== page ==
What the Latest Ransomware Attacks Teach About Defending Networks

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Ransomware continues to hit organizations in all sectors, and attacks regularly make media headlines because of their hard-hitting impact on affected parties. The earliest example of ransomware stretches back to 1989, but its success during the last decade saw it becoming arguably the most lucrative form of cyber attack.

Most recently, Change Healthcare – the country’s largest healthcare payment processor – fell victim to a major ransomware attack. The effects of the attack are still coming to light, aside from the nearly 70,000 pharmacies directly impacted by the attack.

Here’s a lowdown on some recent ransomware attacks, lessons worth learning from them, and tips to help limit ransomware risk.

Recent Ransomware Attacks

Veolia North America

Veolia North America is a water services company with an estimated $3 billion in annual revenue. However, the company’s high earning power couldn’t stop a January 2024 ransomware attack that hit back-end software applications and systems. The back-end system outages caused delays to the company’s bill portal, but luckily no water treatment operations were hit.


  • Prompt action from the incident response team prevented the attack from escalating to hit operational technology systems.

  • Ransomware gangs don’t only hit traditional businesses; they also hunt out big targets like critical infrastructure operators.

VF Corporation

VF Corporation is the parent company behind well-known consumer brands like Vans and The North Face. A December 2023 ransomware attack against VF involved data exfiltration (a double extortion incident). The hackers managed to steal the personal information of 35 million customers. Also, the need to shut down some systems resulted in canceled customer orders and delays in shipments.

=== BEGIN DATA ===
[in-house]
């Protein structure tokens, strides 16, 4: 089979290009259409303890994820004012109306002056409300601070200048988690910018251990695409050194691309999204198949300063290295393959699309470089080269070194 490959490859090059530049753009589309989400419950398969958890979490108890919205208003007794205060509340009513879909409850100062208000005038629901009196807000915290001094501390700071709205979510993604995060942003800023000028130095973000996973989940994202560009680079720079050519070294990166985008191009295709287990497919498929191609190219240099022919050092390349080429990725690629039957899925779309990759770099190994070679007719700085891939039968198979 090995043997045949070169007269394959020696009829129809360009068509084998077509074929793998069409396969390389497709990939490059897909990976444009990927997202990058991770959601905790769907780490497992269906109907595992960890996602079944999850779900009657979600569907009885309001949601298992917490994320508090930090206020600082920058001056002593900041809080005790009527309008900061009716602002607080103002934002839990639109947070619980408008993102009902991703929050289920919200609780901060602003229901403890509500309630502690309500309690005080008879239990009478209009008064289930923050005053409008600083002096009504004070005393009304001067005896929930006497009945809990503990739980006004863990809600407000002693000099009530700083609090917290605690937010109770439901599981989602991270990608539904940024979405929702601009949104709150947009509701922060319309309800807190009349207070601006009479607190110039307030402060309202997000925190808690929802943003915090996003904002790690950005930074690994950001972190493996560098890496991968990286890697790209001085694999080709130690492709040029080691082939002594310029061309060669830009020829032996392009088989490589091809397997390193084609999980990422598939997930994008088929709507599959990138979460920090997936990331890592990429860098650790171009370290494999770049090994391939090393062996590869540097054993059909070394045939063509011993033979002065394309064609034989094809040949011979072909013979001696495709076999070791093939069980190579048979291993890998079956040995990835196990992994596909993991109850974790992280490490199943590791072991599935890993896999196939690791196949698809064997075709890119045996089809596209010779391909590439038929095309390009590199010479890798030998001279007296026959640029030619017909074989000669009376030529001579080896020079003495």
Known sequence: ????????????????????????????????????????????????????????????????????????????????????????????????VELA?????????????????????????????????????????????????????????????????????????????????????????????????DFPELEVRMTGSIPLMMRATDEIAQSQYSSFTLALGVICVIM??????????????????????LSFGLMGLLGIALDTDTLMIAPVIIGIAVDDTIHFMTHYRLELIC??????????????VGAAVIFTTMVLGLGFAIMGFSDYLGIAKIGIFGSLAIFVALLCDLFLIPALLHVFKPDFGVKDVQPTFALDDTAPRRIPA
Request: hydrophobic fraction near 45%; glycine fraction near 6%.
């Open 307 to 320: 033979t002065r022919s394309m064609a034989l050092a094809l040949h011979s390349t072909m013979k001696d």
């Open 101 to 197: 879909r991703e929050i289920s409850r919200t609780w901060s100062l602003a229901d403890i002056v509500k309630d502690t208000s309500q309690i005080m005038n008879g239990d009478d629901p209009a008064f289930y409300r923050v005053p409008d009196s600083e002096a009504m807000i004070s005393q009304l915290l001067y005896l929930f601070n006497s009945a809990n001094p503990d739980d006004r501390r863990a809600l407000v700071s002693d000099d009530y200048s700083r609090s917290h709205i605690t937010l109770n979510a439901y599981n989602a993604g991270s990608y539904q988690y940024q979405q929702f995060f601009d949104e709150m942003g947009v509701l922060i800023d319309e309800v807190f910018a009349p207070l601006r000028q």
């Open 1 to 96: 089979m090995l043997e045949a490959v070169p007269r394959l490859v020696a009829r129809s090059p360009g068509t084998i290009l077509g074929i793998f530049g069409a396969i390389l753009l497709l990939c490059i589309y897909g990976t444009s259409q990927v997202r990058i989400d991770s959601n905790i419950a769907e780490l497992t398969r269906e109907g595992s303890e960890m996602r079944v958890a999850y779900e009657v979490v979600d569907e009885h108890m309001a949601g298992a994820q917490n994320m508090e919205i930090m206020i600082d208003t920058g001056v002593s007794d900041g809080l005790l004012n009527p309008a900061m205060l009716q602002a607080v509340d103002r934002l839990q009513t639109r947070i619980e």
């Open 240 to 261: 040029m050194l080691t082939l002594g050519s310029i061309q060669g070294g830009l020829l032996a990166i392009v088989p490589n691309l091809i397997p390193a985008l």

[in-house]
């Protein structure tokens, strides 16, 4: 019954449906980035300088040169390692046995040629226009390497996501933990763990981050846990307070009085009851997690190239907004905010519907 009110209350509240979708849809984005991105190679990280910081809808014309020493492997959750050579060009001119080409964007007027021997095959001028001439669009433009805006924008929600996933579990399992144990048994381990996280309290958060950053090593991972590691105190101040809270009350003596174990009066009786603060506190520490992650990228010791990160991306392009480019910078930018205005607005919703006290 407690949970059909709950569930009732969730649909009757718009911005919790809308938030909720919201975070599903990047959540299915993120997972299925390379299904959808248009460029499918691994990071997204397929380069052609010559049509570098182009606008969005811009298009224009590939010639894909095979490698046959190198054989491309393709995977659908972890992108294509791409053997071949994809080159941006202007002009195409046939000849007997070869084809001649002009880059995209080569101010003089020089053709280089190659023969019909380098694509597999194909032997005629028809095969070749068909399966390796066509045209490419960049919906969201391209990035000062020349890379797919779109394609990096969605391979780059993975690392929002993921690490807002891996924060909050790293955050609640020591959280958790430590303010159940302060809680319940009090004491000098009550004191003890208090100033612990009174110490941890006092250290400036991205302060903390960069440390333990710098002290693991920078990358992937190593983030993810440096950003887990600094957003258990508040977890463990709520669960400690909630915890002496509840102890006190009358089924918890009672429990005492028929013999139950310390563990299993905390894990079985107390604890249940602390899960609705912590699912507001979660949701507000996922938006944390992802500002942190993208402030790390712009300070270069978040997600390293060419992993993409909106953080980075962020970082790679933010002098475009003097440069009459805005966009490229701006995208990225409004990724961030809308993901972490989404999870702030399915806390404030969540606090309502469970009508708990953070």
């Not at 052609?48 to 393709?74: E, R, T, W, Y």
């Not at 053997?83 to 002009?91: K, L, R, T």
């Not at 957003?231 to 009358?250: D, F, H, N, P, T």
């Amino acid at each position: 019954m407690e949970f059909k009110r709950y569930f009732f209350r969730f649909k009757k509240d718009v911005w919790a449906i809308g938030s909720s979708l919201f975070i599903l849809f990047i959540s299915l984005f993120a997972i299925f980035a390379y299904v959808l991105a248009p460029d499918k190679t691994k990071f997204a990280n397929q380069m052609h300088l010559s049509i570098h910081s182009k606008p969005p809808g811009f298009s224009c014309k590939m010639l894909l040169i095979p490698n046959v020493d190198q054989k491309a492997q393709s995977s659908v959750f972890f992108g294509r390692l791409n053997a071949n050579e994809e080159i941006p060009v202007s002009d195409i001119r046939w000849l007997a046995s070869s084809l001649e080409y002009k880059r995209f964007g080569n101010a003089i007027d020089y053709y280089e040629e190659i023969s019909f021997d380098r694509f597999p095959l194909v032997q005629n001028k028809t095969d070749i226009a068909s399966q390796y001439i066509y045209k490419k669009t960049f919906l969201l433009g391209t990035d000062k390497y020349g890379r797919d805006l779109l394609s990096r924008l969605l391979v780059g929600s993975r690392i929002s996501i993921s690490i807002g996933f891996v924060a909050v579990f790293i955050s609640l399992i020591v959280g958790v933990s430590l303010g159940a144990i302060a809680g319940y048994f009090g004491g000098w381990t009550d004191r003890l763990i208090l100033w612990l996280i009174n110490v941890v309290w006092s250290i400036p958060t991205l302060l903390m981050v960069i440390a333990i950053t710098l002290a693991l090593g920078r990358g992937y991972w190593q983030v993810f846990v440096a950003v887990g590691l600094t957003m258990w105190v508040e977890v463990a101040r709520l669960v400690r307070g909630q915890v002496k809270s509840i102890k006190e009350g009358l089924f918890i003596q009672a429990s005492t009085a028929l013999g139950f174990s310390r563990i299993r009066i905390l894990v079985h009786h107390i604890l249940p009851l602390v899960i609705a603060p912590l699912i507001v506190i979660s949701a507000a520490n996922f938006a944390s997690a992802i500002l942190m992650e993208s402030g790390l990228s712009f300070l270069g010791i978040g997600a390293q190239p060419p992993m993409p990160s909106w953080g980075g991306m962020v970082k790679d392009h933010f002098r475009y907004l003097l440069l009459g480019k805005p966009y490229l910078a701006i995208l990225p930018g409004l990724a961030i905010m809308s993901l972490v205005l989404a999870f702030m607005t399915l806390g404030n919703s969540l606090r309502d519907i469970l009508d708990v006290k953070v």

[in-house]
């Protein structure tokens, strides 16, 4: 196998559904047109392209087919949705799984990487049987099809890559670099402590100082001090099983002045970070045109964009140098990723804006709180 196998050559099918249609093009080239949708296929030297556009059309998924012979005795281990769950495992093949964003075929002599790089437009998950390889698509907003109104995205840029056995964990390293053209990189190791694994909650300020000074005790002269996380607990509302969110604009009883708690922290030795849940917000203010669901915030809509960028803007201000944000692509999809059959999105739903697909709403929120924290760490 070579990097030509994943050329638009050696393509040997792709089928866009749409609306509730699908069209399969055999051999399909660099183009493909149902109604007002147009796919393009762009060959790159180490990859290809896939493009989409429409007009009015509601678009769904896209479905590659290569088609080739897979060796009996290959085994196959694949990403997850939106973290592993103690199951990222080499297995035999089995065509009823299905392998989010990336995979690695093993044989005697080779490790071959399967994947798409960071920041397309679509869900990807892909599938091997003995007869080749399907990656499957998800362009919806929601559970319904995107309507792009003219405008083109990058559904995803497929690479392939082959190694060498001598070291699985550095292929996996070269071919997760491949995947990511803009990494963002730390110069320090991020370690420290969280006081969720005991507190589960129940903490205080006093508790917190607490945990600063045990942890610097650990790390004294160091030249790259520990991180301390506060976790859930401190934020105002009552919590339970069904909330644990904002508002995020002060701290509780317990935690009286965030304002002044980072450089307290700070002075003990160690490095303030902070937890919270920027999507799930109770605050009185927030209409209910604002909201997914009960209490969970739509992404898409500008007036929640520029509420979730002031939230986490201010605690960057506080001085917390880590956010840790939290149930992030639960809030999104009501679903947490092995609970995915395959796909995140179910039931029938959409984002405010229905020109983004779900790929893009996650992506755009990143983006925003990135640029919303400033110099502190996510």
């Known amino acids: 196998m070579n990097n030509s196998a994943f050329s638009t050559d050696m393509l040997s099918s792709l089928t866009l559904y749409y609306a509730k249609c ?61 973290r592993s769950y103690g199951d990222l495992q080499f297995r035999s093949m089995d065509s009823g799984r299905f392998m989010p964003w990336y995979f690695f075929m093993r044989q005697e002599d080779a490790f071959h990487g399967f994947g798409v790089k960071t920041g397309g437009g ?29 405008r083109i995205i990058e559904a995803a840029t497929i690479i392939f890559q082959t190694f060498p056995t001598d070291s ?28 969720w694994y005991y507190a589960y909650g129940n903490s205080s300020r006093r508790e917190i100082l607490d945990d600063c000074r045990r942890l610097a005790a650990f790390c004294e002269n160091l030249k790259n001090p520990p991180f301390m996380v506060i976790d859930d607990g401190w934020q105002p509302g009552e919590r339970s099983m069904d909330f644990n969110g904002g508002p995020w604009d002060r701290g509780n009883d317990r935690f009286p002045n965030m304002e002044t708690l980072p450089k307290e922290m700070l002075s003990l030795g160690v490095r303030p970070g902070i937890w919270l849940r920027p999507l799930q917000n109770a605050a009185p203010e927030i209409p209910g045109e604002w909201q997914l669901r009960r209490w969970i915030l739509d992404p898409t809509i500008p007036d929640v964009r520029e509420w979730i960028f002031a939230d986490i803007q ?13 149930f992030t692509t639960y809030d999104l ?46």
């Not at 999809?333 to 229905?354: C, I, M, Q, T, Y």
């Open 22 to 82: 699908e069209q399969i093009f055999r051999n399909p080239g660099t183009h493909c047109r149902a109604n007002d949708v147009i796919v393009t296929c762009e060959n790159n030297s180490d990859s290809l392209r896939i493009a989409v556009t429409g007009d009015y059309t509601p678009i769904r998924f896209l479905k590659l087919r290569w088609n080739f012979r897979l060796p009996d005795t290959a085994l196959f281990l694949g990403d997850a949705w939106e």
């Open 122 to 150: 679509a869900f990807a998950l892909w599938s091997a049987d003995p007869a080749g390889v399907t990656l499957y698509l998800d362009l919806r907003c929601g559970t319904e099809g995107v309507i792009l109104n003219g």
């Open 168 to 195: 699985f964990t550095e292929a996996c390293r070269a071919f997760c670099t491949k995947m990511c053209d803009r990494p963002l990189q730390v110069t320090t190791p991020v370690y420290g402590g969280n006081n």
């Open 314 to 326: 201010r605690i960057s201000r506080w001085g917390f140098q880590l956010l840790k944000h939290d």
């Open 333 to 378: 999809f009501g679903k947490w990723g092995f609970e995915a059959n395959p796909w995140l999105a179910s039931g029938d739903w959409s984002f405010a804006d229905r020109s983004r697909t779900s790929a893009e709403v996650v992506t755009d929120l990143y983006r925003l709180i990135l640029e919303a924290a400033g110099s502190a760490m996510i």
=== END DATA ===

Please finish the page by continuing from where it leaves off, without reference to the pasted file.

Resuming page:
• Ransomware attacks have knock-on financial impacts when companies need to swiftly shut down systems that might form the backbone of their normal operations.

  • Personal data is a potential goldmine for money-hungry ransomware gangs looking to increase their paydays.

What Organizations Can Do to Limit Ransomware Risk

With the onslaught of ransomware attacks companies face and the ever-evolving tactics deployed by hackers, reducing your risks against this nefarious cyber threat calls for multiple layers of defense.

Here are some of the key areas worth considering.

Email Security

Ransomware attacks involve multiple phases. Initial access to company networks often starts from an employee unknowingly clicking on a shady link or downloading a malicious attachment. In fact, recent research found that malicious emails are the third most common initial attack vectors in ransomware campaigns.

Effective email security helps to reduce the chances of successful ransomware attacks by preventing malicious emails from reaching employee inboxes. Consider email security solutions that filter incoming emails to detect phishing attempts, malicious attachments, and links using machine learning algorithms, natural language processing, and other advanced technologies.

Endpoint Security

It’s not just about trying to stop phishing, though. There are layers to ransomware mitigation on end-user devices like workstations and laptops. Ransomware gangs often target endpoints as gateways into your broader network.

Compromising a single device can allow attackers to move laterally across the network, elevate privileges, and eventually install ransomware strains on the entire suite of IT systems.